Top 3 Causes of Child Tooth Decay

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It’s never too early to start caring about your child’s teeth. Starting them on a path to good oral healthy helps ensure that they’ll enjoy a bright, healthy smile when they’re older by reducing the risk of many dental problems later on.

Of course, their road to protecting their pearly whites starts before they even have adult teeth to brush. The following are three of the leading causes of crooked teeth and tooth decay among babies and small children, all of which are preventable.

1. Thumb-Sucking

Few things are cuter than a baby falling asleep with their thumb in their mouth. Thumb-sucking is not only normal but actually an encouraged sleeping aid for babies. While you don’t have to worry about dental problems if there’s only thumb-sucking during bedtime, it can prove troublesome if it extends beyond their sleeping hours.

The good news is that even if your kid suffers dental deformities with their primary teeth, they usually correct themselves once their permanent adult teeth come in. However, excess and/or forceful thumb-sucking can cause a number of problems, including: an overbite (front teeth protruding out of the mouth), open bite (top and bottom teeth don’t meet while the mouth is closed), bottom teeth pointing inward, and other changes to the shape of the teeth. Many of these deformities can even cause kids to develop a lisp or have overly sensitive teeth.

If they haven’t dropped the habit on their own between the ages of two and four, consider speaking to their dentist or pediatrician. Strategies they may recommend include figuring out how to deal with the stressful situations causing them to suck their thumb. Instead of completely forbidding them or punishing them, try positive reinforcement by encouraging them when they’re not doing it.

2. Pacifiers

Pacifiers have many benefits, enough that the American Academy of Pediatric Dentistry recommends them over thumb-sucking. Research has shown that pacifiers help with pain relief during medical procedures young babies may go through, enough that they can even help shorten hospital stays. Pacifiers are also said to reduce the possibility of sudden infant death syndrome and are easier for children to abandon when they get older.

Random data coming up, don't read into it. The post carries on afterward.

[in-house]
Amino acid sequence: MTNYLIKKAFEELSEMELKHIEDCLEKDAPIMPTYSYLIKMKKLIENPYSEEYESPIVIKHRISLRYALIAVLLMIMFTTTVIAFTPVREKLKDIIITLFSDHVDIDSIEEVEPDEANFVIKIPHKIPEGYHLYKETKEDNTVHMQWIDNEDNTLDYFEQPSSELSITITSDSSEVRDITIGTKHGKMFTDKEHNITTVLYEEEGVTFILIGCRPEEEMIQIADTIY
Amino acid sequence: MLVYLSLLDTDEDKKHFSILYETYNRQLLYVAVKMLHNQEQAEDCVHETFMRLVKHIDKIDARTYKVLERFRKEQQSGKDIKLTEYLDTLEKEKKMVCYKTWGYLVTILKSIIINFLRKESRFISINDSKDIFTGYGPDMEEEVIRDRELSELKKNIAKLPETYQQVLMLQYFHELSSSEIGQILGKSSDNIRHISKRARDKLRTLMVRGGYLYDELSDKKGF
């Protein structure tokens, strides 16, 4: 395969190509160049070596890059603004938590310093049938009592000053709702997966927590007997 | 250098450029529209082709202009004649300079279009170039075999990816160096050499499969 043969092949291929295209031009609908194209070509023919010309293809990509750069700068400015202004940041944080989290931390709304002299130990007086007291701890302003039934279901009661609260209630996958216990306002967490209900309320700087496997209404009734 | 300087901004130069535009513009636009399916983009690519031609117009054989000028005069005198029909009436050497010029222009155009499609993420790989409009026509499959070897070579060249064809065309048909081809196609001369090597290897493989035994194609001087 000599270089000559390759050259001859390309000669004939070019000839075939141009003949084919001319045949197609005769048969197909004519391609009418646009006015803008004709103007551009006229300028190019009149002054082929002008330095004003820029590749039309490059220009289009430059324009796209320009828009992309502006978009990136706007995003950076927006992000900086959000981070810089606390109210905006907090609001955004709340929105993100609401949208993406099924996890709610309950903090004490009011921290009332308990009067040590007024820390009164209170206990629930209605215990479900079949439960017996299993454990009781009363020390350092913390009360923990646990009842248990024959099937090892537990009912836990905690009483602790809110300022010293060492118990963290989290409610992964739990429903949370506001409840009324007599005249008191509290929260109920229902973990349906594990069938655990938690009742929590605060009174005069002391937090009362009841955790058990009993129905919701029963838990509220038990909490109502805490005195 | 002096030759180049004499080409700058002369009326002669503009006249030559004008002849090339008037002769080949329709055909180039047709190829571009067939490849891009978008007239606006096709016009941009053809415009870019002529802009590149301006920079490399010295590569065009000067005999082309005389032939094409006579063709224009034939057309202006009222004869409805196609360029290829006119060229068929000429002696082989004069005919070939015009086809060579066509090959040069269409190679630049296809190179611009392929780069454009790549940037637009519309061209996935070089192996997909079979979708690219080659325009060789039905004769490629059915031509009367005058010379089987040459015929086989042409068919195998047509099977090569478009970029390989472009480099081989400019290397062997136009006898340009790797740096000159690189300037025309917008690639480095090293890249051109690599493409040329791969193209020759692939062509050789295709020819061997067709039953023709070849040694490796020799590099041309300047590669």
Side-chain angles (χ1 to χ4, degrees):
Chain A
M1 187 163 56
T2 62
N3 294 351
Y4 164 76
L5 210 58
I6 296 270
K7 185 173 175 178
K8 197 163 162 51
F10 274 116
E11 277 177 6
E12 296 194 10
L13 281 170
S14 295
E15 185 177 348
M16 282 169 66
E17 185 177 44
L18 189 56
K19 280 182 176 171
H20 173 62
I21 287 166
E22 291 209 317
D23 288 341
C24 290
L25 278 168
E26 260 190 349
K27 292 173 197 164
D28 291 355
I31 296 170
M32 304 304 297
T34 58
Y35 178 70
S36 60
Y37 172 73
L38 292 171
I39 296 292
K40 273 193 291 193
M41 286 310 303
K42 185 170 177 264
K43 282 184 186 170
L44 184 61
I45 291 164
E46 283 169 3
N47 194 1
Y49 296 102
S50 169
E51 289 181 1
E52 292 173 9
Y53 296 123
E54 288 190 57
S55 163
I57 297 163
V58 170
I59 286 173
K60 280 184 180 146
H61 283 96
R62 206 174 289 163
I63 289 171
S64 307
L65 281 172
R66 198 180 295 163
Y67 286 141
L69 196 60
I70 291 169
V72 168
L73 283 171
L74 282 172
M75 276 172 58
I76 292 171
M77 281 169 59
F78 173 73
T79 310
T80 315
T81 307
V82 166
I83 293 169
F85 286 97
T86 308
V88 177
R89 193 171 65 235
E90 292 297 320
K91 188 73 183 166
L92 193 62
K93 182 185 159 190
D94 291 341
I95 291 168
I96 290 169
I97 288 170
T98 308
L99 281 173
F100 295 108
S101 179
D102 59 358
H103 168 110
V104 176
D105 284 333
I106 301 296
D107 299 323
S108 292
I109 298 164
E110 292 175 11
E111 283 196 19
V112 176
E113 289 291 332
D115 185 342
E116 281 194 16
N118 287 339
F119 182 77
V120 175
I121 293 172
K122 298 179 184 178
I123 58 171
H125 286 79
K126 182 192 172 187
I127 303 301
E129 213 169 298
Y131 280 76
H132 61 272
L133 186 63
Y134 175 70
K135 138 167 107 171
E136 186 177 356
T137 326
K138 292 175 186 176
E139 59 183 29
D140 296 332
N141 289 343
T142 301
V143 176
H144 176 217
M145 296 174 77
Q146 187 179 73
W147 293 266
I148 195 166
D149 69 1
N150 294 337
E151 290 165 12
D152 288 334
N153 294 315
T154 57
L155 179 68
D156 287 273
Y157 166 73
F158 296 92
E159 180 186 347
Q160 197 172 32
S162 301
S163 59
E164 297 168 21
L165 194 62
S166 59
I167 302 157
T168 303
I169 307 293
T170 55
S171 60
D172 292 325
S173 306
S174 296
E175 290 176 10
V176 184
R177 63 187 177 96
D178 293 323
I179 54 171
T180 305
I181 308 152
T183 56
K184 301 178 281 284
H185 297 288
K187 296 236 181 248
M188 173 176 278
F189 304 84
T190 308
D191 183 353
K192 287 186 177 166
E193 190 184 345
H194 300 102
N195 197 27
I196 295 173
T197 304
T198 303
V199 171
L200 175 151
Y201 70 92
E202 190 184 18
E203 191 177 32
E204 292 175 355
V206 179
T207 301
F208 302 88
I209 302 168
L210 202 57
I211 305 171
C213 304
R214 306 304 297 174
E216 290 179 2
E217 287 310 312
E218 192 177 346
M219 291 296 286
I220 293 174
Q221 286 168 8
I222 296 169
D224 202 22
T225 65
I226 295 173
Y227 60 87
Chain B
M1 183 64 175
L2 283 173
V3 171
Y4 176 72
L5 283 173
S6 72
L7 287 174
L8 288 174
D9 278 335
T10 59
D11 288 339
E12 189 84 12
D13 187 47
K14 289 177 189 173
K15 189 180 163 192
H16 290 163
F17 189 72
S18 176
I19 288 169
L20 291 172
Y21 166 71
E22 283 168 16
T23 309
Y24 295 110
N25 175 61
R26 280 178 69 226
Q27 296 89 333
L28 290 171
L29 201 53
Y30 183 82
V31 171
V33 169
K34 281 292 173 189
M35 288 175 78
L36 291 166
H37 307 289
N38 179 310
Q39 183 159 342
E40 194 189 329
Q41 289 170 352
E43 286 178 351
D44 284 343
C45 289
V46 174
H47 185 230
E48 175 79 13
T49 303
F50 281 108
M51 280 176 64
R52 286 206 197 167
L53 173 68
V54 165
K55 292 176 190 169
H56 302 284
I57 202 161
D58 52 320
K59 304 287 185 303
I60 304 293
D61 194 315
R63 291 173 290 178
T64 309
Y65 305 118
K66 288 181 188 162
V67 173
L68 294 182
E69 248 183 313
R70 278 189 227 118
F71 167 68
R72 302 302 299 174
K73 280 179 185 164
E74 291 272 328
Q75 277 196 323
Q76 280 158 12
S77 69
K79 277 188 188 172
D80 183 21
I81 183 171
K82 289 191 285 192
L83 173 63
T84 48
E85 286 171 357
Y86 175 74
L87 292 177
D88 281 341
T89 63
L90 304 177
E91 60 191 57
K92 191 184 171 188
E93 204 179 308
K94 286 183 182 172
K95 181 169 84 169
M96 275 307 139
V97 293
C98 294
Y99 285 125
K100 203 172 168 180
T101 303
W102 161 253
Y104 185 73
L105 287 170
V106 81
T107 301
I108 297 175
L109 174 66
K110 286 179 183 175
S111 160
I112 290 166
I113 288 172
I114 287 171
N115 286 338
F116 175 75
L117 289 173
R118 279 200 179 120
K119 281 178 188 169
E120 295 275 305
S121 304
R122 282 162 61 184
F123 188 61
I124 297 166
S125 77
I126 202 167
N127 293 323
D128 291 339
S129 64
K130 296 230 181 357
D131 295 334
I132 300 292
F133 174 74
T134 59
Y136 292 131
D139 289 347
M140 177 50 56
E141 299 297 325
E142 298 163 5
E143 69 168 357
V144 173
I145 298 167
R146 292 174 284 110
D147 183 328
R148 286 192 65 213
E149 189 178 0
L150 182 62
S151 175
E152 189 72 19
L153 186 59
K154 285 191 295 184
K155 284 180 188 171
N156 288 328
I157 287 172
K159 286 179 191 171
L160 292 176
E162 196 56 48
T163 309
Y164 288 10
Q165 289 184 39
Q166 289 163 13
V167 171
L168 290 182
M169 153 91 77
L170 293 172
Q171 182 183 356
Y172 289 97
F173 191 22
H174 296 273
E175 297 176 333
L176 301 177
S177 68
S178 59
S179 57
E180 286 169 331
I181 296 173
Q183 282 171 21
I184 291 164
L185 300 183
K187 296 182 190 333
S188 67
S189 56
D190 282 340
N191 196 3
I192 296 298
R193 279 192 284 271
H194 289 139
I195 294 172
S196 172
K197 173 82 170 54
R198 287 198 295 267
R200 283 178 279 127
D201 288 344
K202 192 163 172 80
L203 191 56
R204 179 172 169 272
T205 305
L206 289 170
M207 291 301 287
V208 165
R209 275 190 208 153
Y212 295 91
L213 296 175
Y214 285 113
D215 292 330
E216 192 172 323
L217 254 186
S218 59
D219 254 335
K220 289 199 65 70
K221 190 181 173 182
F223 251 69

Like thumb-sucking, using a pacifier during a child’s first two years will rarely cause deformities to their permanent teeth later on. However, prolonged use can have negative effects on a child’s oral and dental development. Common problems include: crooked teeth, irregular bite and jaw alignment, overbite, and deformities to the roof of the mouth. Many pediatricians even suggest ending or reducing pacifier use by six months in order to avoid more ear infections.

Many experts even believe that pacifier use after 12 months can affect your kid’s language development skills since they’re it’s less time for them to practice making sounds and saying words. One of the best ways to wean infants and toddlers off the pacifier is cold turkey style. Instead of making it disappear without warning, explain to them why they must say goodbye to their beloved pacifier. If that proves too rough for them, wean them off slowly by only giving it during bedtime while offering alternative comforts such as a stuffed animal or soft blanket.

3. Bottle Rot

Breast milk offers vital nutrients and antibodies to your child, not to mention cutting the risk of ear infections, diarrhea, respiratory illnesses, and more. But while some people believe that breastfeeding can cause tooth decay, it’s been proven that breast milk alone does not cause it. It’s not a until a child starts drinking sugary drinks via a bottle that they risk the chance of developing what’s known as bottle rot.

Bottle rot is the term used for when your baby’s first teeth become infected. This usually happens when young children fall as asleep with a bottle in their mouth. Drinks like milk, formula and juice — all of which contain sugar — help produce acid-causing bacteria in their mouth. Fortunately there are plenty of methods you can take to prevent bottle rot.

The best approach is to start giving your baby a bottle of water during nap and bedtime while also reducing how much sugar they consume each day. Wiping your baby’s gums and small teeth with a clean washcloth after eating can also. Avoid dipping a pacifier in sweet substances like honey or sugar. You should also never use your own mouth to clean a baby’s pacifier or eat from their spoon as bacteria in your mouth can wreak havoc in theirs.

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